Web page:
Drag Me to Hell generates the same nervy fright-smiles you see on riders of a rickety rollercoaster clankety-clanking their way toward a plummet. The closer this movie about a banker tormented by a gypsy gets to the edge, the noodlier the nerves and the giddier the giggles.
That’s because the person behind this fabulously freaky funhouse jaunt is no vacant-eyed carnie with his mind on the clock. Oh, no. Sam Raimi is a greased-lightning guy who gladly gooses the juice on this ride, daring passengers to endure a faster pace.
This is the Raimi audiences haven’t seen much on the movie midway since the early 1990s with Darkman and Army of Darkness — generating terror with torque, reveling in destruction and controlling fear with morbid humor and dazzling style. It’s easily his best film in more than a decade, and the brothers Grimm would take pride in this cautionary fable he’s co-written (with brother Ivan) and directed. It’s flooded with formaldehyde, flies and more funky-denture action than seemingly possible.
Raimi is back to using his actors as projectile ragdolls early in Drag Me to Hell — in a prologue that portends doom for anyone who crosses a gypsy. Shifting into the present day, it becomes the story of Christine Brown (Alison Lohman), a formerly pudgy county fair “pork queen” attempting to prune her podunk roots.
Christine has shaken her Southern accent, settled in with a sweet philosophy professor named Clay (Justin Long) and, as a bank’s loan officer, secured a major deal that could get her promoted to assistant manager.
All that changes once Mrs. Ganush (Lorna Raver) walks in, hocking goopy amber phlegm and dissembling her decrepit dentures on Christine’s desk. Pressured by her boss (David Paymer) to “make tough decisions” and a brownnosing competitor (Reggie Lee), Christine opts to deny the begging gypsy a third mortgage extension.
What follows is quintessentially old-school Raimi. It’s a parking-garage assault on Christine by Ganush that pushes the PG-13 as far as the stapled-shut eyes, shattered dentures and gumming attacks will let it. (That’s before formaldehyde and maggots are vomited later. Also, Raver’s 10 minutes of screen time represent a humdinger of dedication to playing a demonic presence.)
Christine barely survives, but death seems preferable to her ensuing madness. Ganush curses Christine to be stalked by the Lamia — a “black goat” spirit who will torment Christine for three days and nights before dragging her to hell. Beset by specters, eruptive bloody noses and a billowing smoke that packs a punch as though Beelzebub were a boxer, Christine tries to stave off the curse and save her life.
Vigorous sound-design from Paul N.J. Ottosson (Spider-Man 2 and Spider-Man 3) maximizes Raimi’s copious jolts. Even by the genre’s stinger-scare staples, the sound effects trigger unease like grinding gears on a Tilt-a-Whirl – immersive, impressive and, daresay, Oscar-worthy. Coupled with Raimi’s trademark tricks of camera perception, Drag Me to Hell constantly, playfully upends the audience’s expectations.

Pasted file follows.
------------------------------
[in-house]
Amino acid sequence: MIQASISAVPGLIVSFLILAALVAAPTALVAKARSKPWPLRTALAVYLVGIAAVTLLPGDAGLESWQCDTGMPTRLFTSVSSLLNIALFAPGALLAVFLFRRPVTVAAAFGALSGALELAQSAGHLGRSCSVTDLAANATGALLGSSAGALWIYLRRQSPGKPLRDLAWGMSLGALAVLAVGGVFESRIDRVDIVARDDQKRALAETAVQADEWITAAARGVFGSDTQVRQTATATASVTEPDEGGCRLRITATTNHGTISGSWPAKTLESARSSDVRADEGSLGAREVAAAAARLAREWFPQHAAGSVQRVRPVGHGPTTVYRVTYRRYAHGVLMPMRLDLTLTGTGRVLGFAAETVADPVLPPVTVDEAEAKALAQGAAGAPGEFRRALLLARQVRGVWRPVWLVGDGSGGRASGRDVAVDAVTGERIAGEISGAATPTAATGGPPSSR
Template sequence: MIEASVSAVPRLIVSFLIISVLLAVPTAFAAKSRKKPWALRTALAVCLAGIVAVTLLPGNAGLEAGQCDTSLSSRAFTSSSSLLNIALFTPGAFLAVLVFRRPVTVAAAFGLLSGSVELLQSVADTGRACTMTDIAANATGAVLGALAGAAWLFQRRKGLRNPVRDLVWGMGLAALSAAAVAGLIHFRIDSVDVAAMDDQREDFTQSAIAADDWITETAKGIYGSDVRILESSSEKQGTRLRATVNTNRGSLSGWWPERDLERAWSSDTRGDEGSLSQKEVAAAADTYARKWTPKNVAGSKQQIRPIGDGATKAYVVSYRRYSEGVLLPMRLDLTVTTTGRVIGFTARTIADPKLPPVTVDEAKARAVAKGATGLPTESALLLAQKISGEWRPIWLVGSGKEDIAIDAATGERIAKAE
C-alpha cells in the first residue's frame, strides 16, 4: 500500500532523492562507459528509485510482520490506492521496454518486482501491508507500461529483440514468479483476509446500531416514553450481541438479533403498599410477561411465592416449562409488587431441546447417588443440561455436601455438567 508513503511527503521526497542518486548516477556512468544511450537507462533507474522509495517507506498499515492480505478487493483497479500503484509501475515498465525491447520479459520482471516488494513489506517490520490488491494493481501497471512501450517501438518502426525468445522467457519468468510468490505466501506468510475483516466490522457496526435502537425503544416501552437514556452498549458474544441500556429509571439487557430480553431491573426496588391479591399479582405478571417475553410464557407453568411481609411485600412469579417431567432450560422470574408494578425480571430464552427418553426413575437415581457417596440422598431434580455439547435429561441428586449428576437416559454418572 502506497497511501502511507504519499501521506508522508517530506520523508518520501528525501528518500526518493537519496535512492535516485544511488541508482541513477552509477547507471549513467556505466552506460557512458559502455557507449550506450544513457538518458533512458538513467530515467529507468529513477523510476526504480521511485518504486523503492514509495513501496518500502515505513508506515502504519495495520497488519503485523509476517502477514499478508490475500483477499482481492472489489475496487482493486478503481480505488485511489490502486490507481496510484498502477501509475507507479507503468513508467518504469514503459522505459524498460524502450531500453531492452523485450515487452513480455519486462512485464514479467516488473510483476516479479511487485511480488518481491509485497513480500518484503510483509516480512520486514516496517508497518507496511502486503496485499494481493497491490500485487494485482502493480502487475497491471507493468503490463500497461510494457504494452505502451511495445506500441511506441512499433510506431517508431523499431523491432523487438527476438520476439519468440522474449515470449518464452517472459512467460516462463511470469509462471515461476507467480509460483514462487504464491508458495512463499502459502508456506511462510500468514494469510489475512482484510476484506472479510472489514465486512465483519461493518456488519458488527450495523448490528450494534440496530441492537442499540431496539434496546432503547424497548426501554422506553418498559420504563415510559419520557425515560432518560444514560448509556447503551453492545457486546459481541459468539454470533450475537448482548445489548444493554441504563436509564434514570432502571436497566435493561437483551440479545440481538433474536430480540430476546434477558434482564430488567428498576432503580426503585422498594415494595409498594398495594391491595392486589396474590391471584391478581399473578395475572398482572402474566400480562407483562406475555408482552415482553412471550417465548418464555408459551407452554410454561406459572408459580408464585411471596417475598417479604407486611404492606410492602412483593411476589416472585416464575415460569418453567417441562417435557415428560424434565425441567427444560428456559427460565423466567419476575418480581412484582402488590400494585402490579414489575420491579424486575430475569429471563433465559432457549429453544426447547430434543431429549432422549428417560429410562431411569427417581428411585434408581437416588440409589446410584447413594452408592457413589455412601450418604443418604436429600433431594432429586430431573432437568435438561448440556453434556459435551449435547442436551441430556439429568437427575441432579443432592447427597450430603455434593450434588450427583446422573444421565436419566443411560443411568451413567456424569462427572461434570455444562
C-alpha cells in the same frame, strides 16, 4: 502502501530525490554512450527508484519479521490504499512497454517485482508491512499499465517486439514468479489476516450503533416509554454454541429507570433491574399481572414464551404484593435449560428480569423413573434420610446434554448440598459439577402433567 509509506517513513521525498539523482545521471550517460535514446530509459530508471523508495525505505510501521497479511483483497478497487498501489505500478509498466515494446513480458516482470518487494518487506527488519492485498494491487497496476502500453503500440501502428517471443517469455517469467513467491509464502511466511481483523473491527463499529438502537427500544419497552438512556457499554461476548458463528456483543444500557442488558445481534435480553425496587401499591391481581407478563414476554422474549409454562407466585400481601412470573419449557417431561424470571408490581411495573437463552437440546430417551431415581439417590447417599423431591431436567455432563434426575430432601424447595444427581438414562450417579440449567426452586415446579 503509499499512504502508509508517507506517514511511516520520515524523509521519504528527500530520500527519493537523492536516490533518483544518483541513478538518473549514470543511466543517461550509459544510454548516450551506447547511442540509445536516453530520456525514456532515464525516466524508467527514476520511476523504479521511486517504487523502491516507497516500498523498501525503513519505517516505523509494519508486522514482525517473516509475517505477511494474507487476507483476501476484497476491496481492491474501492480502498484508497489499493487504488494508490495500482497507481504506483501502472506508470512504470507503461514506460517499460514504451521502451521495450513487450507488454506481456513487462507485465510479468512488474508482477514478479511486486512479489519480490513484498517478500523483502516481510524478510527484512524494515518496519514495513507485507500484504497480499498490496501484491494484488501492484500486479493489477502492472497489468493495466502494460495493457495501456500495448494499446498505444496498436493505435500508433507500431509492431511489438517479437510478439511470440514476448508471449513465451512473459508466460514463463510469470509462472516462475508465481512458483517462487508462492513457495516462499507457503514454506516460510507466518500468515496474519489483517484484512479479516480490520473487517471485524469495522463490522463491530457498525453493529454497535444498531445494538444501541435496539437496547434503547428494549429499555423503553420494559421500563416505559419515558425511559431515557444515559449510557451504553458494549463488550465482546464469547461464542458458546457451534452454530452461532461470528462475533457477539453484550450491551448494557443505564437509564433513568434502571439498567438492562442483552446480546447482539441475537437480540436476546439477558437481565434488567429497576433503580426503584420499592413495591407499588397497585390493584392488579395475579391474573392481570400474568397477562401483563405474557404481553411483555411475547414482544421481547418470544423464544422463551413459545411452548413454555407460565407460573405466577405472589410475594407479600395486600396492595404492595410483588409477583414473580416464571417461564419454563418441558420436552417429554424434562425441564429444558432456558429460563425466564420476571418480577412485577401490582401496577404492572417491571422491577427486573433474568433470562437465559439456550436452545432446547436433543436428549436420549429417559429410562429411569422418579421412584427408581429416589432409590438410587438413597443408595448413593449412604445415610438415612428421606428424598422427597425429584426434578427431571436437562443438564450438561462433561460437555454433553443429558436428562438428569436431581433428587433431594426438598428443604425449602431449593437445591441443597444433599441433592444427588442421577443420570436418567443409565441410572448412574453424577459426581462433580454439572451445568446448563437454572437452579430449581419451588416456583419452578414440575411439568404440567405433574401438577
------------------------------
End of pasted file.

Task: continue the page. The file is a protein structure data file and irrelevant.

Lohman’s performance does the same thing, albeit with more sleight of hand. It’s astonishing to think this blonde ingénue has headlined nothing more than a tepid Flicka remake. (And she almost didn’t get this part either, originally intended as it was for Juno’s Ellen Page, who dropped out because of scheduling conflicts.)
Christine is someone who confuses her current pursuits for her lifelong personality, and the script neither oversells nor forgets that — even as Christine’s hubris increases when the deadline approaches. As horror films go, it’s not quite the fully rendered female characters of The Descent, but Lohman pulls off the delicate magic of making Christine just barely sympathetic.
How Christine’s self-sufficiency (and deep-fried accent) shows up in the unlikeliest of ways is one of many jet-black touches to love in Drag Me to Hell: zooming in on the twitching, tingling receptors on a fly; the cast-iron faces of Clay’s parents, who disapprove of Christine, in a scene that escalates both horror and social comedy; editor Bob Murawski’s hard cut from a book titled Animal Sacrifices in the Service of Deities to Christine’s cuddly kitty; and Christopher Young’s gypsy-fiddle score that recalls the livelier moments of Danse Macabre.
Moreover, grin at Raimi’s purposeful use of the old-time Universal logos. Drag Me To Hell very much feels like a splotchy-printed back-end to a drive-in double feature. Raimi’s three Spider-Man films (good, overrated, awful — in that order) were a long retreat to count money in an air-conditioned trailer. Here’s hoping he took a deep gulp of that humid air before moving on to No. 4. Clearly, it has done him some good.